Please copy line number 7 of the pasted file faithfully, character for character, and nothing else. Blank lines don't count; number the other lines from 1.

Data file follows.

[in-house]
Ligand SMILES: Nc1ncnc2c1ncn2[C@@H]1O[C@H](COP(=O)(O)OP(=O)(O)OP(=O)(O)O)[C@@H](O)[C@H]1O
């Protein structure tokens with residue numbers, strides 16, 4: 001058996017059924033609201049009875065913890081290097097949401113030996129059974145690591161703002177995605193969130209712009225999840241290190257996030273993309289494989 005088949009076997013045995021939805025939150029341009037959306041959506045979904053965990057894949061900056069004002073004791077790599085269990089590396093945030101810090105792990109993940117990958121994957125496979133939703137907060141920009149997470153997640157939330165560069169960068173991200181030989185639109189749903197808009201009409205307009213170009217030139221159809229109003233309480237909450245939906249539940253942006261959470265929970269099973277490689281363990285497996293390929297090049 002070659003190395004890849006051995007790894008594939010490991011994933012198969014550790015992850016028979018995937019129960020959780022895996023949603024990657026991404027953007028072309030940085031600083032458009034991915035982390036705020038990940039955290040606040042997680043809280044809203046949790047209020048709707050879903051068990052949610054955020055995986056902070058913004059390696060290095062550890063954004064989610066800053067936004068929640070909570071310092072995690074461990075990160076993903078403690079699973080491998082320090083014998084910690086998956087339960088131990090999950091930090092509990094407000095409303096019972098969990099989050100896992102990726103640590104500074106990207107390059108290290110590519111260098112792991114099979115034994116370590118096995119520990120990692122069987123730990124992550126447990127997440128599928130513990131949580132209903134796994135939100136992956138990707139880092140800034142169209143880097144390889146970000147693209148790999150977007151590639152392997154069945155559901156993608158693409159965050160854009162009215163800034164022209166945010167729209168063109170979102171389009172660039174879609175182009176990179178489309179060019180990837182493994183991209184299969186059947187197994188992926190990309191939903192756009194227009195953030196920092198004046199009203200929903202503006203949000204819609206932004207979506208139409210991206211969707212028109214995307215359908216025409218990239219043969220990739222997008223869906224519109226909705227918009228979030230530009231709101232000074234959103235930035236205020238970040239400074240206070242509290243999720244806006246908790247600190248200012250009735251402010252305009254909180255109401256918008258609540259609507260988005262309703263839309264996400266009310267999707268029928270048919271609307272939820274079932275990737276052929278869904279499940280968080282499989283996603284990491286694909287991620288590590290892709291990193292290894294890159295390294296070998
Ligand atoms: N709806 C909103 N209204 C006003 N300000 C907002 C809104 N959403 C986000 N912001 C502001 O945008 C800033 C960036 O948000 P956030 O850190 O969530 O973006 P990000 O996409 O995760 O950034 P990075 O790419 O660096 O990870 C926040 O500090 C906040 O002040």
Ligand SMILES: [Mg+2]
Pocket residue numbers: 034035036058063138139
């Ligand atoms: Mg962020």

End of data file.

């Ligand atoms: Mg962020």